September 27, 2011

Building Stuff From Kits

by with 6 comments

I grew up with the idea of making things. Homer Price building radios; old science fiction guys building space drives in their basements. The feeling expressed in Cory Doctorow’s Makers.

I’ve never built much myself. We didn’t have Legos when I grew up. I sucked at model airplanes. When I was ten or eleven, I begged the parental units to get me these kits. It was a fiasco.

My vocation is software. I build abstract structures in my mind and attempt to transfer them to machines. That’s what I wanted to do since I first heard about computers.

Over the years, I drifted away from the idea of making things. I’m strongly in favor of the Maker movement (as I am of free and open source software). But I haven’t seen myself as a part of the movement.

Then something changed. My friend Izzy gave me a Lego kit as a joke.

I work at home writing code for SpiderOak. I ended up building the kit in bits and pieces while working. Taking a break from coding, I would fit a few Lego pieces together.

The Lego kit worked really well for me. For one thing, instructions written for an eight year old are about right for me. But the real change is that I didn’t care how long it took to build the kit. When I was a kid, I would sit down, try to build something in one session, get frustrated and give up.

I discovered that it was really satisfying to me to build something with my hands.

I quickly tired of Lego kits. On feeds associated with the Maker movement, like O’Reilly and BoingBoing, I saw the Monochron Clock. This looked like more than I could handle. But when I saw the detailed instructions it began to seem doable.

So I gradually accumulated the equipment. Then I built some simpler kits to practice soldering and small muscle coordination.

Then I built the clock. It took several weeks, maybe more than a month. I was in no hurry. I would take a break from coding, solder in one little piece exactly right, then back to coding. I wasn’t trying to finish. I enjoy the process. I think it helps my coding too.

Here’s Sylvia building the same clock.

One day, there was nothing left to do. Now I have a clock and it works!

I built another clock (this one was much harder). And a watch. And a multimeter [Unfortunately this one didn't work. :-( You can't win them all.]

So something new has been added to my life, quite unexpectedly. A serious maker would create new things, or hack these kits into something unexpected. I’m not at that level yet. I’m just looking for another kit to build.

Any suggestions?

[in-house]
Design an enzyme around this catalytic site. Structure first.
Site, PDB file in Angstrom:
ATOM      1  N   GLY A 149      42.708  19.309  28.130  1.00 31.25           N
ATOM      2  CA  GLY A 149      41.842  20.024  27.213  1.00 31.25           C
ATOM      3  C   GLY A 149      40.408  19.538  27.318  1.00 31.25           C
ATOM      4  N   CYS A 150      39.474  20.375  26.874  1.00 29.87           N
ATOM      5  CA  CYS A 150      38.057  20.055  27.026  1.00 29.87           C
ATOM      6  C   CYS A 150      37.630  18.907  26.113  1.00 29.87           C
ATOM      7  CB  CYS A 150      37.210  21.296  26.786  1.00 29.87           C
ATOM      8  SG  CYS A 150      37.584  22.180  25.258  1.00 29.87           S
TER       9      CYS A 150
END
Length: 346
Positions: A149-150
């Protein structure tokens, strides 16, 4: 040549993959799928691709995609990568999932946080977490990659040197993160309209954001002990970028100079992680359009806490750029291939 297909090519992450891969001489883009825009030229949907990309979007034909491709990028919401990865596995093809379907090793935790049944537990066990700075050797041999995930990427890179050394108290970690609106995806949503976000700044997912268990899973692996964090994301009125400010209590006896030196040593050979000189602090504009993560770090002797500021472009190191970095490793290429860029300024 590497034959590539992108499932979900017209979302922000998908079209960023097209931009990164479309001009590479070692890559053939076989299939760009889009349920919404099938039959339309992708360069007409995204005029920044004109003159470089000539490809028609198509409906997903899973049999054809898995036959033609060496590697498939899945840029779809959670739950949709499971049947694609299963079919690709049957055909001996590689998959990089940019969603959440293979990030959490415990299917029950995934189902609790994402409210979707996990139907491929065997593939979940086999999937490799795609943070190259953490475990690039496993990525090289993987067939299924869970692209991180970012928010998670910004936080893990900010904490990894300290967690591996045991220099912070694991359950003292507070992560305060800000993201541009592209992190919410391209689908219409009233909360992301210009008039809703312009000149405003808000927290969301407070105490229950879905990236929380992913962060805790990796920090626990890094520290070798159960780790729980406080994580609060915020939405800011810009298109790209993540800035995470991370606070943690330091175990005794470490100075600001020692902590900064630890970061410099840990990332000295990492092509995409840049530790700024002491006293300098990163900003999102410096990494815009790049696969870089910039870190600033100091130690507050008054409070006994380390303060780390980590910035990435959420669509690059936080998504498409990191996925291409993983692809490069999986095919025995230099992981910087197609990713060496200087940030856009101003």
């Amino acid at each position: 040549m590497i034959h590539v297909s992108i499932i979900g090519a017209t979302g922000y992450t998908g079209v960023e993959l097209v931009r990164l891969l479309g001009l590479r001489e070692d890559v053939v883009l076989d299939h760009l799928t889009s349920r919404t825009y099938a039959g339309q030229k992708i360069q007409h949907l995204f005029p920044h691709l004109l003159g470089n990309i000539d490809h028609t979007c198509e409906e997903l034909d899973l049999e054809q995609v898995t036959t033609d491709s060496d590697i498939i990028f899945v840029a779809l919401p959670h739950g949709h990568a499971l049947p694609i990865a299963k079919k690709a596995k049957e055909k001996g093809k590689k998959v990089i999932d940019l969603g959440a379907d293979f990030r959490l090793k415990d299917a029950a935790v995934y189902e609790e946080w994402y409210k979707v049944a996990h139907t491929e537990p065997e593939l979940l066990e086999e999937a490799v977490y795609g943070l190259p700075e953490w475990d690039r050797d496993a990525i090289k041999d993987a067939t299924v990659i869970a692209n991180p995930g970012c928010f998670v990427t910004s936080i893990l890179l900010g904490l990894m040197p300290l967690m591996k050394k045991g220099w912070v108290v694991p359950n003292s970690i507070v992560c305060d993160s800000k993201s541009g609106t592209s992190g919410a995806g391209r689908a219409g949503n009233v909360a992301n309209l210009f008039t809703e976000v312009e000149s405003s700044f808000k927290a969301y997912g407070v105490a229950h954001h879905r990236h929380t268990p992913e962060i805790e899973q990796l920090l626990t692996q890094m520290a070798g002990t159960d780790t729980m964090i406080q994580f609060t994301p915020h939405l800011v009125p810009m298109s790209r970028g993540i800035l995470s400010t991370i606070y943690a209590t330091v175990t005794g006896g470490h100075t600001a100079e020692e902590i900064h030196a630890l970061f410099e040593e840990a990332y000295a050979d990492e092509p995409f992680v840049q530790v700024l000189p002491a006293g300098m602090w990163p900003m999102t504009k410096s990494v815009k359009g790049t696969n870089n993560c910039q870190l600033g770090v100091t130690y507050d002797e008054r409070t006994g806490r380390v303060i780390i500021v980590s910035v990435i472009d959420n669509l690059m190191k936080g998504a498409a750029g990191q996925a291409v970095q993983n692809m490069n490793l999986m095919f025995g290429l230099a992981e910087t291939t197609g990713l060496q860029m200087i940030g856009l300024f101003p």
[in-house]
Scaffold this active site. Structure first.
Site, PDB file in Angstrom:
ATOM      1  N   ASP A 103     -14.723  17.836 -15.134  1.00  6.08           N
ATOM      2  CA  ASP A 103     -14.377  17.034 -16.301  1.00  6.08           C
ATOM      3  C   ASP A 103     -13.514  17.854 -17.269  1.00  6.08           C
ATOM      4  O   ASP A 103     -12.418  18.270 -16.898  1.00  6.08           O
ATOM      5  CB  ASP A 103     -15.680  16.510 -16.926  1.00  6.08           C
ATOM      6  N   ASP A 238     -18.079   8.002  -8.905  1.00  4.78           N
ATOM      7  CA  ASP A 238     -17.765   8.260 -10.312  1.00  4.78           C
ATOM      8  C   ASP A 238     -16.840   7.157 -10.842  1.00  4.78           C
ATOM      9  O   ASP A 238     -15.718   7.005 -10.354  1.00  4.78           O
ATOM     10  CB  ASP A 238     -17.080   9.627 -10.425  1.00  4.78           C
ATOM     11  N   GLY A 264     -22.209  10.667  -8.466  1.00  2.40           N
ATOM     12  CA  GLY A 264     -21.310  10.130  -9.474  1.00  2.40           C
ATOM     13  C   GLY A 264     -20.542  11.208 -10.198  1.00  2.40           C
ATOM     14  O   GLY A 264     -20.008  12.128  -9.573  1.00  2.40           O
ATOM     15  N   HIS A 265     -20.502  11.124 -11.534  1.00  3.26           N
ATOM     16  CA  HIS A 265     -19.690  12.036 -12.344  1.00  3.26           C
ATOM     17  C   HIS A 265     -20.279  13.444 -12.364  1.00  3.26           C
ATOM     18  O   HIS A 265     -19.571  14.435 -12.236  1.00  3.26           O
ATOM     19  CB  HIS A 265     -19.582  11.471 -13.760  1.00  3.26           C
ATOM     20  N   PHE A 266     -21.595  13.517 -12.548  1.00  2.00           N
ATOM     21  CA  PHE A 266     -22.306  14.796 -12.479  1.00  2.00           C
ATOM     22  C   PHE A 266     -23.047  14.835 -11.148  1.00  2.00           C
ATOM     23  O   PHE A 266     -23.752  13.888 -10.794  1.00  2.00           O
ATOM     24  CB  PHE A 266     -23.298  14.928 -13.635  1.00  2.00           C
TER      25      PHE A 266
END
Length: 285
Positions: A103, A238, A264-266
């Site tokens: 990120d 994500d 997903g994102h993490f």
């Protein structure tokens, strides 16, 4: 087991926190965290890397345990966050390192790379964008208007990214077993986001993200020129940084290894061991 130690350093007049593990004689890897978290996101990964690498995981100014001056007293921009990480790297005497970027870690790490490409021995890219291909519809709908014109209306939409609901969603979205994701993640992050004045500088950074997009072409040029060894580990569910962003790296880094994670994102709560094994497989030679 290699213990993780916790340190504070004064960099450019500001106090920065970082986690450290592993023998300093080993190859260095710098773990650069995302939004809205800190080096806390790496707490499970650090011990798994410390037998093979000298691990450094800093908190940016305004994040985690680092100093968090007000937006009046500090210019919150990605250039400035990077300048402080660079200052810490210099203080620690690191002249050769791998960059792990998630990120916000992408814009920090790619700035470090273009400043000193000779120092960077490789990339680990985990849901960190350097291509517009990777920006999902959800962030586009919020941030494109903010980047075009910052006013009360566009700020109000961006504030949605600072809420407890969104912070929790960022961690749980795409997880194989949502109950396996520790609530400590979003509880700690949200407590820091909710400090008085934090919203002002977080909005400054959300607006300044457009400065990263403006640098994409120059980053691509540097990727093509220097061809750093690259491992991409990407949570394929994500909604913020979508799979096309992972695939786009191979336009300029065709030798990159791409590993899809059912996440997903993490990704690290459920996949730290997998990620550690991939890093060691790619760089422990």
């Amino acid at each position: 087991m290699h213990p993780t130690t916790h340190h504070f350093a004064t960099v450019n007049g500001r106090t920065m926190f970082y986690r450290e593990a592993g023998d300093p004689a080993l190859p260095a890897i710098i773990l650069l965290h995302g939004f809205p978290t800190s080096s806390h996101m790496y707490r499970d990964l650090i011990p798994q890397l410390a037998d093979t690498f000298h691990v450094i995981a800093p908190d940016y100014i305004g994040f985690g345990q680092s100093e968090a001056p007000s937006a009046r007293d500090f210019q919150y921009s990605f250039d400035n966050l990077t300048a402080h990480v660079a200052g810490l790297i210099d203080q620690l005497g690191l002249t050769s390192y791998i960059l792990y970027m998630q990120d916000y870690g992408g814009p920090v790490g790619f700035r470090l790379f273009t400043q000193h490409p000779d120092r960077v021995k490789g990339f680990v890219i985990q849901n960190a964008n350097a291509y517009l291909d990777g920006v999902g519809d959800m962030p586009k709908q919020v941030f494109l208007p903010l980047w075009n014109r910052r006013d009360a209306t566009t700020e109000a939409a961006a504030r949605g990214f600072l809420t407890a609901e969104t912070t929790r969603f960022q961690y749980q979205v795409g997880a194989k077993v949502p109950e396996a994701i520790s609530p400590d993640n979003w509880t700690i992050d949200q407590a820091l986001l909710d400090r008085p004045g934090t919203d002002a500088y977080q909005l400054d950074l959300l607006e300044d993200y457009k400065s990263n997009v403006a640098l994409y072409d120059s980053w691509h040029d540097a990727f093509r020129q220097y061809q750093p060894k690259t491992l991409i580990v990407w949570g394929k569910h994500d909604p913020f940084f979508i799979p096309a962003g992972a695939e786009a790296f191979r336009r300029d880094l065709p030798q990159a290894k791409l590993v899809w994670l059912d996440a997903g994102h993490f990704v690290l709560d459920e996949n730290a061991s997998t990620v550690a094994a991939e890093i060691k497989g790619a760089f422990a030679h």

1. i'm not writing with any maker suggestions to offer, but wanted to mention that i appreciate hearing your story. i'm also a software developer, and have always been curious (and sometimes, more urgent than curious) about ways to keep mentally nourished and comfortable through long coding projects. (the impedance at the start is often the most challenging, or any point where designs are shifting, decisions are open, and many choices have cascading and binding consequences…)

    i really like the sound of the process you discovered, and enjoy the way you've described it. i especially like the attitude of not doing the other thing in order to finish it, but just to do it. i actually have a movement practice, related to the small dance in contact improv and meditation, that i've been working into breaks in my coding, and the gradual, growing discoveries in this practice seem similar to the growth of the things you're making. maybe not so similar for some, but i like it. :-)

    (i found my way to your posting quite tangentially, via a weekly google notification i have for postings that mention SpiderOak. i use SpiderOak and like it a lot. i'm also a python and zope coder, though i don't use it for those reasons…)

    ken manheimer

  2. Nice piece liked it as it provided a view not available other wise now that you asked for ideas [ remember you asked for it ;)] take a look at you can not have it now must wait for Santa's [ release expected in Dec ;) ]arrival time can not have it before.

    Take a look at that and fire-up your imagination start planning what could be done with Ra-Pi + SpiderOak.

    Have a nice day!

  3. I always new your were one of the most creative and intelligent people I have ever met. It is quite refreshing to see how you recharge yourself when in the middle of a coding frenzy. So, on to Mindstorm yet?